Debate:Who feels that scientific related articles should only reference published research papers instead of websites when dealing with research instead of application?

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It seems that many of the science topics are only using PoV websites for sources instead of actual publications and peer reviewed research papers. When scientists write science publications they cite peer reviewed papers and published works only when dealing with the research aspect of the science. When dealing with the application they will sometimes use a website to better illustrate the application of the method. When a quote is used the context of the quote is secondary to the research and used to support the topic, not the other way around.

In doing so the science based topics would have a structure like below -

Description and Mechanisms of Topic
Method and Experimentation
Supporting Quotes
Criticisms of Research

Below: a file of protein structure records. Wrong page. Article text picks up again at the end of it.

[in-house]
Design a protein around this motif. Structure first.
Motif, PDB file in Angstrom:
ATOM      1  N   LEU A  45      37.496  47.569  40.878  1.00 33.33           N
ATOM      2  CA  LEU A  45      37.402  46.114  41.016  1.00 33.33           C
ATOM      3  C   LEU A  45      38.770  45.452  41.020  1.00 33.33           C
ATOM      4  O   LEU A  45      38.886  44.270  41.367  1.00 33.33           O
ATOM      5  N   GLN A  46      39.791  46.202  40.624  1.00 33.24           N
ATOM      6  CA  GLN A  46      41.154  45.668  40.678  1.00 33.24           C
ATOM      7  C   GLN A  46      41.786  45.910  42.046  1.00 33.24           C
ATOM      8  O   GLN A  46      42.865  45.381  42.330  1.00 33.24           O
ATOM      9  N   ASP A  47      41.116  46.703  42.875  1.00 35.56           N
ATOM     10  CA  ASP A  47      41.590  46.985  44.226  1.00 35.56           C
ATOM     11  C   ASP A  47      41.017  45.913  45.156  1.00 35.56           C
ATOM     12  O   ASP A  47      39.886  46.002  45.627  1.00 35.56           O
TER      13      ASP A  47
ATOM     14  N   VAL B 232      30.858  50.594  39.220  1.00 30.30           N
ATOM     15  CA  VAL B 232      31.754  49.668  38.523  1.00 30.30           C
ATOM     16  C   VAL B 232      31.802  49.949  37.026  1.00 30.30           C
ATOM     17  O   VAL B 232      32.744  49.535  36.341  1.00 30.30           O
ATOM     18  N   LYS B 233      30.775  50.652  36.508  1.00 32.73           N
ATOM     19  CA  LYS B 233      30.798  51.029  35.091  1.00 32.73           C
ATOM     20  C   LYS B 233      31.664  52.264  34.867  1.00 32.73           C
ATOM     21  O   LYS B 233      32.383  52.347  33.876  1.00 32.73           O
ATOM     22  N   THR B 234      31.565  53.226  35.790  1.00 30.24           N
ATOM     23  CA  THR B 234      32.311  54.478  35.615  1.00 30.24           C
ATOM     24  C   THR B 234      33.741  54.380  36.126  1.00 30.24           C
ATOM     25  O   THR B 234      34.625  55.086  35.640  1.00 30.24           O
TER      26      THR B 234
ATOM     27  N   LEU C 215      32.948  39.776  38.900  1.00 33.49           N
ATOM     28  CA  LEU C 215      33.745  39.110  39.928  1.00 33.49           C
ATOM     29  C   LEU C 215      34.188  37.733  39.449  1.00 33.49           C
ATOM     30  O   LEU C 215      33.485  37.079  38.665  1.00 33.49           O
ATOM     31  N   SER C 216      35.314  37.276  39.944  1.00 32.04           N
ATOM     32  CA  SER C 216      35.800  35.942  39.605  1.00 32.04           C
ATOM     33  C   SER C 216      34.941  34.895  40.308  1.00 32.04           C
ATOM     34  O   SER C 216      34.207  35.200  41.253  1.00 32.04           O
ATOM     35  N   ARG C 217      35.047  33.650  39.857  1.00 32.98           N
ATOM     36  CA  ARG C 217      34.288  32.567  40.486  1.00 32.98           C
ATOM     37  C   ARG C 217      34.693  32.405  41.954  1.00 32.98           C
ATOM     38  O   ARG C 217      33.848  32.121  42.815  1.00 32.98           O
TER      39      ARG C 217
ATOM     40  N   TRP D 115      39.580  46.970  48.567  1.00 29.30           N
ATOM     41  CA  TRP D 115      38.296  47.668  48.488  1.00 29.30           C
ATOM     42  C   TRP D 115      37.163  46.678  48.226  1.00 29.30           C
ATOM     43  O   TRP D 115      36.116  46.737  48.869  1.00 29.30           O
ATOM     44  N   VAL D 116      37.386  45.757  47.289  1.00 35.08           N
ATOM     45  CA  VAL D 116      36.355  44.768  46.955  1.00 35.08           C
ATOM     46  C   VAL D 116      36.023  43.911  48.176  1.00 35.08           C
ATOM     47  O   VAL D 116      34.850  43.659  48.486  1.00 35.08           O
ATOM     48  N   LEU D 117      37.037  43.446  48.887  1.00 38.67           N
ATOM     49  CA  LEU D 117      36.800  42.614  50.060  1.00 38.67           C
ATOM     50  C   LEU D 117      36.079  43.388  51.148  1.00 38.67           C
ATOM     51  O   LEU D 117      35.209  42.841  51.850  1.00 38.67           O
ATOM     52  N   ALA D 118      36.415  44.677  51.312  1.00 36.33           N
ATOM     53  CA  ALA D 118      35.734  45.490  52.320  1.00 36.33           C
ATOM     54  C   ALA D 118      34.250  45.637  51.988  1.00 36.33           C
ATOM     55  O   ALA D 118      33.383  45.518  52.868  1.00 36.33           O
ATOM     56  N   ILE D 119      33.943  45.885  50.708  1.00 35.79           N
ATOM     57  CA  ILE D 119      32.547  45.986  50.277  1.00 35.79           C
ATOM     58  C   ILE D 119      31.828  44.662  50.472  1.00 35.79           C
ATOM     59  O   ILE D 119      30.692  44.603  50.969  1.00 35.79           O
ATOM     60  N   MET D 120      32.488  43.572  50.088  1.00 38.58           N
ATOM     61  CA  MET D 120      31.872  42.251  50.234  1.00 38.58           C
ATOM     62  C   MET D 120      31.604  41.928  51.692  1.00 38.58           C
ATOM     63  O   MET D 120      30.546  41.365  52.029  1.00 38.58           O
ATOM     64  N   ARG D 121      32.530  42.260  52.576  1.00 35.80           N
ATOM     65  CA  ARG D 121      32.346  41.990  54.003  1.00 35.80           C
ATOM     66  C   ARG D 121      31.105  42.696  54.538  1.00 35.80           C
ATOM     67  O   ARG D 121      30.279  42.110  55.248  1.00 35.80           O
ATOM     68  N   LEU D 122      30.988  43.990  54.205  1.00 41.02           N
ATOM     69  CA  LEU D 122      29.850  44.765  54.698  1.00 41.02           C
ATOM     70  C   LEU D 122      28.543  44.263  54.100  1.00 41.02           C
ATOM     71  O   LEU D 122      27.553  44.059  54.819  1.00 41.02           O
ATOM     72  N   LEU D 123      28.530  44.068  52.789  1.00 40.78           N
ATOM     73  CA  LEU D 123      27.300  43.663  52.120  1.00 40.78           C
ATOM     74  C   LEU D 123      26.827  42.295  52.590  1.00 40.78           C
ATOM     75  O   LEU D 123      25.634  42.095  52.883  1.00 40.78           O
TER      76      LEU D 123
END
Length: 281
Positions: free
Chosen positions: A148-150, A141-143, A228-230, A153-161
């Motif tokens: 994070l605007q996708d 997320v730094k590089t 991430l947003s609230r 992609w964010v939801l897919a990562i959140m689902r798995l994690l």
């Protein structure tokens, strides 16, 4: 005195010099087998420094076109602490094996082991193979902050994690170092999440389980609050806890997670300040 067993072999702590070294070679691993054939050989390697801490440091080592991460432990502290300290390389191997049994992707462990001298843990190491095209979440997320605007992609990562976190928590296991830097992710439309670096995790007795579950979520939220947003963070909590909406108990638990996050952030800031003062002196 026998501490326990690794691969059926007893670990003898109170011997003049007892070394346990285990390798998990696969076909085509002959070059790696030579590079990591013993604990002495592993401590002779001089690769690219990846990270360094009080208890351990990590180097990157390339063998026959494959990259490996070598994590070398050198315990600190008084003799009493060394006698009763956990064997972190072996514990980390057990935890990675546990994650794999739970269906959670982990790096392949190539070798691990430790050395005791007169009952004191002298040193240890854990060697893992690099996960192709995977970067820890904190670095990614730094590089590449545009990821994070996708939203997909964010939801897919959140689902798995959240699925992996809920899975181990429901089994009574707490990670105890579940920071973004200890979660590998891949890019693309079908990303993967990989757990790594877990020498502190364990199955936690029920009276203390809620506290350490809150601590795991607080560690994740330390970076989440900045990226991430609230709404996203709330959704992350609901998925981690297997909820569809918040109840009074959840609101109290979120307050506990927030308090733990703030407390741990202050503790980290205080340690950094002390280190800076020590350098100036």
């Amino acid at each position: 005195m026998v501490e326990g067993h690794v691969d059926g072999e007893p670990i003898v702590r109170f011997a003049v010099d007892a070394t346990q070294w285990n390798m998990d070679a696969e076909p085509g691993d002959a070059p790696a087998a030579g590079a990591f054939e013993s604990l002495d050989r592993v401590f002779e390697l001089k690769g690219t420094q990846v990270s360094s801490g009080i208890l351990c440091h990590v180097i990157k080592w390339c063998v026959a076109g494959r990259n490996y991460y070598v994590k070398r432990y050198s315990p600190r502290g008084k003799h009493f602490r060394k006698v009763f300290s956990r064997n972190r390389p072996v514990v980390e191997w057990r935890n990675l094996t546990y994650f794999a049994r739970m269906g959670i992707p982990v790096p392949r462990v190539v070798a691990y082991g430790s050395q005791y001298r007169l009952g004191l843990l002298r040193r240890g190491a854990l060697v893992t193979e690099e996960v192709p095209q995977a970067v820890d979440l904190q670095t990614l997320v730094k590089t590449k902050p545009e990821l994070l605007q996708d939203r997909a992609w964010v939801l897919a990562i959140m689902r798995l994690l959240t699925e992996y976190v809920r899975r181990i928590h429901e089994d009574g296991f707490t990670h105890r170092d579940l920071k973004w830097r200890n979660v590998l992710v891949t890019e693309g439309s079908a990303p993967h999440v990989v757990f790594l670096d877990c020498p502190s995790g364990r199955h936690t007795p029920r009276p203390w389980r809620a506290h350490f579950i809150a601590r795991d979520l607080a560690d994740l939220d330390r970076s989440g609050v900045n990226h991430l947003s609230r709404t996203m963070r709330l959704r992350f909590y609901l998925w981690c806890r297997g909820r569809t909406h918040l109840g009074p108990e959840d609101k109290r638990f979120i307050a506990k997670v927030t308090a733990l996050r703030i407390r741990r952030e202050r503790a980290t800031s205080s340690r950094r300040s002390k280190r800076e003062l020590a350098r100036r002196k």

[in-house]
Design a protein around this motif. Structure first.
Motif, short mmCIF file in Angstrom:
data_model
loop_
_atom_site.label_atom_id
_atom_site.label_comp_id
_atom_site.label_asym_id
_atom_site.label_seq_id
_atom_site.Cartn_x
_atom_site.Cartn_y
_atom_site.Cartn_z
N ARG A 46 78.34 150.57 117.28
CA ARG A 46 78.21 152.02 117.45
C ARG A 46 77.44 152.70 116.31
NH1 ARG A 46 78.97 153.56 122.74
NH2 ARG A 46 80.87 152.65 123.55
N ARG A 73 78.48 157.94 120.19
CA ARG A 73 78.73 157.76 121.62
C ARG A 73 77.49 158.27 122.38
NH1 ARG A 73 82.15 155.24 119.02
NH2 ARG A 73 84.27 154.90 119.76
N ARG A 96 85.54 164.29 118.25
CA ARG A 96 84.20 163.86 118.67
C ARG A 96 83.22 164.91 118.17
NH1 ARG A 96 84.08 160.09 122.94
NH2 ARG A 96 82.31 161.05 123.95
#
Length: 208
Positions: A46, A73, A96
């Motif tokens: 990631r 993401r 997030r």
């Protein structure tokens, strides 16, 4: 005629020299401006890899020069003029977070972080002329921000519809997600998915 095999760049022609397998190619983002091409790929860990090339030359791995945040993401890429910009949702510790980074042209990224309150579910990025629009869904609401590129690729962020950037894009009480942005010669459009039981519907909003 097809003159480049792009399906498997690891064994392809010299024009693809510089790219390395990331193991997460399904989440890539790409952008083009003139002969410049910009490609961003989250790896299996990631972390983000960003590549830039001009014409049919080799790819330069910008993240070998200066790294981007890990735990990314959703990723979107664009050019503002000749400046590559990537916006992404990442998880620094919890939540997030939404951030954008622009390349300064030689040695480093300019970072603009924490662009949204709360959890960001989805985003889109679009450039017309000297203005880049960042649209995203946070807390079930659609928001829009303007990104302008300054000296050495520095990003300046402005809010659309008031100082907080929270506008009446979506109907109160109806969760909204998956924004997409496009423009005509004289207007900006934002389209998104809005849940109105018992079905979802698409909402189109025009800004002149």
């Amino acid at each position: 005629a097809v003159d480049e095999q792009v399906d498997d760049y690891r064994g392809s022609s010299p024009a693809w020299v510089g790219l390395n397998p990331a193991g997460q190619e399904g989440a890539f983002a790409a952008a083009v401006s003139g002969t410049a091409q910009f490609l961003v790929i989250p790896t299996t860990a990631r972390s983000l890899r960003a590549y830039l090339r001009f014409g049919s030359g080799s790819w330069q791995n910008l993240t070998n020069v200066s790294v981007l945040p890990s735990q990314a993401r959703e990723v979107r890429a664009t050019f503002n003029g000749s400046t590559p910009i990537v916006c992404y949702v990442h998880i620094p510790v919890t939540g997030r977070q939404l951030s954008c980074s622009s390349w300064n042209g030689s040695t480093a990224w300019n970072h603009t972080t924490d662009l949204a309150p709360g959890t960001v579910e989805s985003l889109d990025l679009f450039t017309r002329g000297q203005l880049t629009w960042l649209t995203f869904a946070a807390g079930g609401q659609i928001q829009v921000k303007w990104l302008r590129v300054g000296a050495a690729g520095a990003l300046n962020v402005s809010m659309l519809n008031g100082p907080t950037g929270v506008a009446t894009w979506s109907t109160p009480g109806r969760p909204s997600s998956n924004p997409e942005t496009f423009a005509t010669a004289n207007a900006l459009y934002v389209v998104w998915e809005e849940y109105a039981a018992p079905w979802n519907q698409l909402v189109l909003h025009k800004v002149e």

Criticism Evidence

This can be used for students to learn and also provide opposing evidence so that both sides can be better informed.

Should we follow this method, at conservapedia?

Yes

--TimS 09:30, 23 April 2007 (EDT)

Yes & No

In theory it would be better that way, but sources like that are hard to find, have not always been put on the internet at all, or are protected (only accessible from universities or with a password).

In addition many of those articles are incomprehensible to just about everyone, except for specialists in that field.

Middle Man

I can understand that, application is where other sources could be cited for the layman. Pubmed and other science journals are pretty easy to use and link to. Personaly I see this as a way of making sure that people will only edit what they have taken the time out to understand.--TimS 09:42, 23 April 2007 (EDT)


Yes, articles from accessible science journals should be included as often as possible, I agree.

I also propose a rule that in the case of quotes, demands a link to a text in which the entire quote and its original context are included, to avoid quote mining or misinterpretations.

Middle Man

I would agree as well. The quote mining thing is an issue. If you are using a quote from Darwin's book then link to the book online not some website that gives a POV without a link to the book.

Perhaps just the structure for science articles should be used, that way we could distinguish the difference between science articles and philosophical POV articles?--TimS 09:50, 23 April 2007 (EDT)